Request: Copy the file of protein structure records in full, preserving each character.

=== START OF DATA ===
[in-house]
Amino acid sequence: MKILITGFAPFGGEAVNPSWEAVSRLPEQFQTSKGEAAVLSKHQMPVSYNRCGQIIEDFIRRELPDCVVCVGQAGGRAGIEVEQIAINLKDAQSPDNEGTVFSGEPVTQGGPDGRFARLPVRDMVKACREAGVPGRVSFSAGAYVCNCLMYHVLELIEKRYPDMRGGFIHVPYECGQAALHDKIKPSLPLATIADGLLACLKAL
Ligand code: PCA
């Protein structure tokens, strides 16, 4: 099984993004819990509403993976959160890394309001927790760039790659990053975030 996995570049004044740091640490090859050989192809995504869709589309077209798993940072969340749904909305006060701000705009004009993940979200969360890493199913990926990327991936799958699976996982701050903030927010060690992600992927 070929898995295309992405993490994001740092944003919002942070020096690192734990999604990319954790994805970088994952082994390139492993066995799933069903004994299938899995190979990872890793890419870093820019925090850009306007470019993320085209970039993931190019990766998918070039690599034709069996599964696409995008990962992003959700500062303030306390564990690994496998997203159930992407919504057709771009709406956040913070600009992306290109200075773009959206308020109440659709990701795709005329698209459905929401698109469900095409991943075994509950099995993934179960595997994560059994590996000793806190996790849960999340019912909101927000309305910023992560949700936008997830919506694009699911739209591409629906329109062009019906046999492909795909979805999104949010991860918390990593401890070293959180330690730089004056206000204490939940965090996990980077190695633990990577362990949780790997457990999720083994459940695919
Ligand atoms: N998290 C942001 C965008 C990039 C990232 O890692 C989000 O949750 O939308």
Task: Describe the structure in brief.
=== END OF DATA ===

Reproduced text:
[in-house]
Amino acid sequence: MKILITGFAPFGGEAVNPSWEAVSRLPEQFQTSKGEAAVLSKHQMPVSYNRCGQIIEDFIRRELPDCVVCVGQAGGRAGIEVEQIAINLKDAQSPDNEGTVFSGEPVTQGGPDGRFARLPVRDMVKACREAGVPGRVSFSAGAYVCNCLMYHVLELIEKRYPDMRGGFIHVPYECGQAALHDKIKPSLPLATIADGLLACLKAL
Ligand code: PCA
């Protein structure tokens, strides 16, 4: 099984993004819990509403993976959160890394309001927790760039790659990053975030 996995570049004044740091640490090859050989192809995504869709589309077209798993940072969340749904909305006060701000705009004009993940979200969360890493199913990926990327991936799958699976996982701050903030927010060690992600992927 070929898995295309992405993490994001740092944003919002942070020096690192734990999604990319954790994805970088994952082994390139492993066995799933069903004994299938899995190979990872890793890419870093820019925090850009306007470019993320085209970039993931190019990766998918070039690599034709069996599964696409995008990962992003959700500062303030306390564990690994496998997203159930992407919504057709771009709406956040913070600009992306290109200075773009959206308020109440659709990701795709005329698209459905929401698109469900095409991943075994509950099995993934179960595997994560059994590996000793806190996790849960999340019912909101927000309305910023992560949700936008997830919506694009699911739209591409629906329109062009019906046999492909795909979805999104949010991860918390990593401890070293959180330690730089004056206000204490939940965090996990980077190695633990990577362990949780790997457990999720083994459940695919
Ligand atoms: N998290 C942001 C965008 C990039 C990232 O890692 C989000 O949750 O939308």
Task: Describe the structure in brief.